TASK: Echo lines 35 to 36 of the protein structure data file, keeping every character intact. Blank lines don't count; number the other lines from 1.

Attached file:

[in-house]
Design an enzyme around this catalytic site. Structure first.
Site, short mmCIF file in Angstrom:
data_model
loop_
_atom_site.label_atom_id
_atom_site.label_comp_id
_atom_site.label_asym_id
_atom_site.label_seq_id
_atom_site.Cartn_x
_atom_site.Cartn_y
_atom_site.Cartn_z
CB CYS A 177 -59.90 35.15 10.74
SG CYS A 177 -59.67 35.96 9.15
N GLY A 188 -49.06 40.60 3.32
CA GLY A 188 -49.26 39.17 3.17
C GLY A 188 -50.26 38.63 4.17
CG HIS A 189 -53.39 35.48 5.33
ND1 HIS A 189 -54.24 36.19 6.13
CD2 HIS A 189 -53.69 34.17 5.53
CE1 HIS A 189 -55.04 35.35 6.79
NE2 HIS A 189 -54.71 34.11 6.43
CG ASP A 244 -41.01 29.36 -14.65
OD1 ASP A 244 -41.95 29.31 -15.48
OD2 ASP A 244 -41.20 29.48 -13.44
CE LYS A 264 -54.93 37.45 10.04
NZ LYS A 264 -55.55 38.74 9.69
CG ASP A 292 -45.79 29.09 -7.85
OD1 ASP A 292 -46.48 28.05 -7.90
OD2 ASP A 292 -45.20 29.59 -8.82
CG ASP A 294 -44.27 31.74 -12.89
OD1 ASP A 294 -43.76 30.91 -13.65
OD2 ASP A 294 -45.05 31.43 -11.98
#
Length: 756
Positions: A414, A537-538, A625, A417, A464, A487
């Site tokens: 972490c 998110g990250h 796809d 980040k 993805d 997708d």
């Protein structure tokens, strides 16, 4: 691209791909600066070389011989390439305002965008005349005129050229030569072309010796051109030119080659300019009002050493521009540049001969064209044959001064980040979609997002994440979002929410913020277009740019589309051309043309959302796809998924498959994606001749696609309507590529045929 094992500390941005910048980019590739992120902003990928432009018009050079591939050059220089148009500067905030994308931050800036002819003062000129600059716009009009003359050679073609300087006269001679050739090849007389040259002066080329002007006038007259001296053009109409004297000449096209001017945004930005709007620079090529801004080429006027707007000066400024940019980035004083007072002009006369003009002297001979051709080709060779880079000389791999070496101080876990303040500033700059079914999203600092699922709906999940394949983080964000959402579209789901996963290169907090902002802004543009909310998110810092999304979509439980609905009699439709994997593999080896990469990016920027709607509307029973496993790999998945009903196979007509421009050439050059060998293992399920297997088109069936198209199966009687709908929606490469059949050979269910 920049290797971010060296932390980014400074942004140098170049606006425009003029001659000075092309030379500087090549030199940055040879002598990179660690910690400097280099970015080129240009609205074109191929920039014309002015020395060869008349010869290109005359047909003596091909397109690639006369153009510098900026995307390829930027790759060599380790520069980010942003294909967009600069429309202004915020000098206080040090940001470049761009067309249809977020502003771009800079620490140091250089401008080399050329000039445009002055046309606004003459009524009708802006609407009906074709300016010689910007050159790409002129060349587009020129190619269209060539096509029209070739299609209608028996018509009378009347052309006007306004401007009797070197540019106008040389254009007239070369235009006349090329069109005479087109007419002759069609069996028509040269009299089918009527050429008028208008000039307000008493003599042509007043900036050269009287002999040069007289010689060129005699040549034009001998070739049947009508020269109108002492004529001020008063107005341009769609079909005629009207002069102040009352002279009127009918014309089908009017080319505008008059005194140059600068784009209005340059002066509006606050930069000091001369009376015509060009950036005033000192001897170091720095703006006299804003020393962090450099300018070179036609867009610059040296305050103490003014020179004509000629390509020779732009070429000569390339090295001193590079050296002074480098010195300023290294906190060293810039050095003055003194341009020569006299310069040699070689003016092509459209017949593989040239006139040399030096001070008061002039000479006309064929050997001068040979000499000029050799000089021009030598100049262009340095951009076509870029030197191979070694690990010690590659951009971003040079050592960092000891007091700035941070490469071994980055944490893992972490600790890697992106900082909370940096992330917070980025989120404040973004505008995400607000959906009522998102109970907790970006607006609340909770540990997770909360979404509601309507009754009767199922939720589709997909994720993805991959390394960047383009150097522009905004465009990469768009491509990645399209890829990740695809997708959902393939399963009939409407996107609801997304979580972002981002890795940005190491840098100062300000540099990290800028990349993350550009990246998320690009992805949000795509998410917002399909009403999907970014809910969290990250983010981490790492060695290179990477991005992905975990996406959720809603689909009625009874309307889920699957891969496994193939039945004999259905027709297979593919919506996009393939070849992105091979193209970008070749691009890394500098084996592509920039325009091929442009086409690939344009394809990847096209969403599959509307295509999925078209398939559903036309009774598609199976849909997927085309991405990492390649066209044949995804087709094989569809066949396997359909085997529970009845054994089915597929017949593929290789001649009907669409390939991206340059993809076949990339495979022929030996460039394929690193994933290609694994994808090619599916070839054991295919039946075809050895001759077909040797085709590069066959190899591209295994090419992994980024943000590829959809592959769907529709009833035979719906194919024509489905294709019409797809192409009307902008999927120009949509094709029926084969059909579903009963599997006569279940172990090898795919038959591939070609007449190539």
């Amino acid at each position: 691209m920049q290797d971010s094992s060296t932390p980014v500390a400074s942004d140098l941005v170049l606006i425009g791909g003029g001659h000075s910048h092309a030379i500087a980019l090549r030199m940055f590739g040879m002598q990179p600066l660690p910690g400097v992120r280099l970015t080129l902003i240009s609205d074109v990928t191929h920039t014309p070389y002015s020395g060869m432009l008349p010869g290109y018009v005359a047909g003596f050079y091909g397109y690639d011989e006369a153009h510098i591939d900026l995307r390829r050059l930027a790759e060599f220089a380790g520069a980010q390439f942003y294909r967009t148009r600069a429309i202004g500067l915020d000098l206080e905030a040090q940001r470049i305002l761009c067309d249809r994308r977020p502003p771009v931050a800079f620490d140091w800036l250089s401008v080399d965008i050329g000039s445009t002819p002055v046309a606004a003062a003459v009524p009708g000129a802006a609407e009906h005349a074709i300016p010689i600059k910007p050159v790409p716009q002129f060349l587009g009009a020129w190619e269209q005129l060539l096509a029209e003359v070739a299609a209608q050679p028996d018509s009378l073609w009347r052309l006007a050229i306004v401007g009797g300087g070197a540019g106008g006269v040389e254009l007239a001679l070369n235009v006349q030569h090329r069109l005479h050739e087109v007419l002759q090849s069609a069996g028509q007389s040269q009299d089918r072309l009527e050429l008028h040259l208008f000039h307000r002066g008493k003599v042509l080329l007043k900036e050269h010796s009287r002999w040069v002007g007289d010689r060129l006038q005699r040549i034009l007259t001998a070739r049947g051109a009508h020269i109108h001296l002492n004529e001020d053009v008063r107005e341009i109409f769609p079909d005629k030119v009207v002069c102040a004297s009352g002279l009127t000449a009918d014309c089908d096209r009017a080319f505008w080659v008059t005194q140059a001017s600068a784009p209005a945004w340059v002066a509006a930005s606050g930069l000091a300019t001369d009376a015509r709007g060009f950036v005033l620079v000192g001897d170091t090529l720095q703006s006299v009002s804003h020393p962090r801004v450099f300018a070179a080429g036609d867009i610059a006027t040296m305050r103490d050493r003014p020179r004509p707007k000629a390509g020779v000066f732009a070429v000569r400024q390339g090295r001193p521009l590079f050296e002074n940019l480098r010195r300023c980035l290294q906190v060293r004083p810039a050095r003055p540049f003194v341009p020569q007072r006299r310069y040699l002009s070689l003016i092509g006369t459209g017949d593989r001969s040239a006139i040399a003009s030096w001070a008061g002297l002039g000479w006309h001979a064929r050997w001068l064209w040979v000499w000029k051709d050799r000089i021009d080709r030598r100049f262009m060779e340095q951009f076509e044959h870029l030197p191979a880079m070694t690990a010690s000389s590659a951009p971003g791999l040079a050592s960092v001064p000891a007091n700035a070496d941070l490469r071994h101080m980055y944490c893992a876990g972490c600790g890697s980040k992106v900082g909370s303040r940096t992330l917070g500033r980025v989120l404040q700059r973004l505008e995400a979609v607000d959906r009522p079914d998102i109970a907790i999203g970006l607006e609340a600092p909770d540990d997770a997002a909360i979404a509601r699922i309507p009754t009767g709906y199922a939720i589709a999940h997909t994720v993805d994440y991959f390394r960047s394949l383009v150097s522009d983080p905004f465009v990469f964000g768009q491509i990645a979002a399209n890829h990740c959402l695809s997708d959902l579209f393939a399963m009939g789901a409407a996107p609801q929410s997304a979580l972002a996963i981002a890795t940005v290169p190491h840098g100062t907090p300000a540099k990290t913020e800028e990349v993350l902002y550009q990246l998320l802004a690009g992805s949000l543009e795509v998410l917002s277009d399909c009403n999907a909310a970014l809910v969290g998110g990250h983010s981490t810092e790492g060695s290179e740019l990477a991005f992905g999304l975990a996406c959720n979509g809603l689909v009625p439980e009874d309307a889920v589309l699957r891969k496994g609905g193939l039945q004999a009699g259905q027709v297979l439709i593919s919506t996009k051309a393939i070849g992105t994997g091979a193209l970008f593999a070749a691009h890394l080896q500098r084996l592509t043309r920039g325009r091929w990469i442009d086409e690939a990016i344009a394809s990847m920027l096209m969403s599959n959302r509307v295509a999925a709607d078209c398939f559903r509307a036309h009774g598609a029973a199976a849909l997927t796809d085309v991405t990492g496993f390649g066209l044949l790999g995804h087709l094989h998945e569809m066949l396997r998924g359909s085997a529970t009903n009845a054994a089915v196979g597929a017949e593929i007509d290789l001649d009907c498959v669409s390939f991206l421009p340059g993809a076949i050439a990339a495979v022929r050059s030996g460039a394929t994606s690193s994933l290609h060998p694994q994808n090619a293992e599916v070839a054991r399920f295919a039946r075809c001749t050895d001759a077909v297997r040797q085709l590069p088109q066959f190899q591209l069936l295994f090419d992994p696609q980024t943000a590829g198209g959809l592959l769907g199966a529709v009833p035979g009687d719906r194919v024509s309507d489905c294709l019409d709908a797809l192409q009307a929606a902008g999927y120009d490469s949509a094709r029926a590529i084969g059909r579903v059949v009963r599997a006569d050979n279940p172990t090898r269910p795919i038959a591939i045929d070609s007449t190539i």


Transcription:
Length: 756
Positions: A414, A537-538, A625, A417, A464, A487